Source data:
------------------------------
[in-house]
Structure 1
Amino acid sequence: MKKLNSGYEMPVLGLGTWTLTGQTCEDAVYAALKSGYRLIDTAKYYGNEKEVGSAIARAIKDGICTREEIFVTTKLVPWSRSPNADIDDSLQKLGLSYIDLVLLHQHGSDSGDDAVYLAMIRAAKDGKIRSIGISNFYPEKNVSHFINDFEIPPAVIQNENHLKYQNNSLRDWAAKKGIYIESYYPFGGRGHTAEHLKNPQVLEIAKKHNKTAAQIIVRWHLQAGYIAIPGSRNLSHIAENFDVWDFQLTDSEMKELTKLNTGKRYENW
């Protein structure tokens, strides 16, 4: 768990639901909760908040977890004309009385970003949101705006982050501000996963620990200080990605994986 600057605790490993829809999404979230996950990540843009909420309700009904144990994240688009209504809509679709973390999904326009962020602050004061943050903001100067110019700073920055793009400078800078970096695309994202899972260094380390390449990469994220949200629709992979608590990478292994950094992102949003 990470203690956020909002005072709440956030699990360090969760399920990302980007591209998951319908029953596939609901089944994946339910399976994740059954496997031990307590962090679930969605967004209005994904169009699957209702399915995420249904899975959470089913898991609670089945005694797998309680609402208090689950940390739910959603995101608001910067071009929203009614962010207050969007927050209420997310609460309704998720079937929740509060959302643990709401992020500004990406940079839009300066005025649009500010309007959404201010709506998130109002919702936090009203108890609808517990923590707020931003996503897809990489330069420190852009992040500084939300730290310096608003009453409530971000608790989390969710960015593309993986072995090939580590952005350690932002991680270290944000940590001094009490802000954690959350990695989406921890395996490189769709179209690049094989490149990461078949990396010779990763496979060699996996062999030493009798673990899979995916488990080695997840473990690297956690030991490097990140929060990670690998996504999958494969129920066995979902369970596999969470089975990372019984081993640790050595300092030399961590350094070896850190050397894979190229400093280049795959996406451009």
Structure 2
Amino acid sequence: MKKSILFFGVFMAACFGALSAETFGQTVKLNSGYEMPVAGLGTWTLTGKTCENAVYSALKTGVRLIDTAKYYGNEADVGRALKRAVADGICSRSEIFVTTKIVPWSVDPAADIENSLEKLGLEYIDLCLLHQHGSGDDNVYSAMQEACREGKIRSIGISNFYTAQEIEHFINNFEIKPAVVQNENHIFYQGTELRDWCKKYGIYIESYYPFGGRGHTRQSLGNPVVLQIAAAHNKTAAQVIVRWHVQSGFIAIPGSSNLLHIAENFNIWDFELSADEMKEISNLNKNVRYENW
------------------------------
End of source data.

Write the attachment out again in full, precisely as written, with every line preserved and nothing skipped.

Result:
[in-house]
Structure 1
Amino acid sequence: MKKLNSGYEMPVLGLGTWTLTGQTCEDAVYAALKSGYRLIDTAKYYGNEKEVGSAIARAIKDGICTREEIFVTTKLVPWSRSPNADIDDSLQKLGLSYIDLVLLHQHGSDSGDDAVYLAMIRAAKDGKIRSIGISNFYPEKNVSHFINDFEIPPAVIQNENHLKYQNNSLRDWAAKKGIYIESYYPFGGRGHTAEHLKNPQVLEIAKKHNKTAAQIIVRWHLQAGYIAIPGSRNLSHIAENFDVWDFQLTDSEMKELTKLNTGKRYENW
């Protein structure tokens, strides 16, 4: 768990639901909760908040977890004309009385970003949101705006982050501000996963620990200080990605994986 600057605790490993829809999404979230996950990540843009909420309700009904144990994240688009209504809509679709973390999904326009962020602050004061943050903001100067110019700073920055793009400078800078970096695309994202899972260094380390390449990469994220949200629709992979608590990478292994950094992102949003 990470203690956020909002005072709440956030699990360090969760399920990302980007591209998951319908029953596939609901089944994946339910399976994740059954496997031990307590962090679930969605967004209005994904169009699957209702399915995420249904899975959470089913898991609670089945005694797998309680609402208090689950940390739910959603995101608001910067071009929203009614962010207050969007927050209420997310609460309704998720079937929740509060959302643990709401992020500004990406940079839009300066005025649009500010309007959404201010709506998130109002919702936090009203108890609808517990923590707020931003996503897809990489330069420190852009992040500084939300730290310096608003009453409530971000608790989390969710960015593309993986072995090939580590952005350690932002991680270290944000940590001094009490802000954690959350990695989406921890395996490189769709179209690049094989490149990461078949990396010779990763496979060699996996062999030493009798673990899979995916488990080695997840473990690297956690030991490097990140929060990670690998996504999958494969129920066995979902369970596999969470089975990372019984081993640790050595300092030399961590350094070896850190050397894979190229400093280049795959996406451009």
Structure 2
Amino acid sequence: MKKSILFFGVFMAACFGALSAETFGQTVKLNSGYEMPVAGLGTWTLTGKTCENAVYSALKTGVRLIDTAKYYGNEADVGRALKRAVADGICSRSEIFVTTKIVPWSVDPAADIENSLEKLGLEYIDLCLLHQHGSGDDNVYSAMQEACREGKIRSIGISNFYTAQEIEHFINNFEIKPAVVQNENHIFYQGTELRDWCKKYGIYIESYYPFGGRGHTRQSLGNPVVLQIAAAHNKTAAQVIVRWHVQSGFIAIPGSSNLLHIAENFNIWDFELSADEMKEISNLNKNVRYENW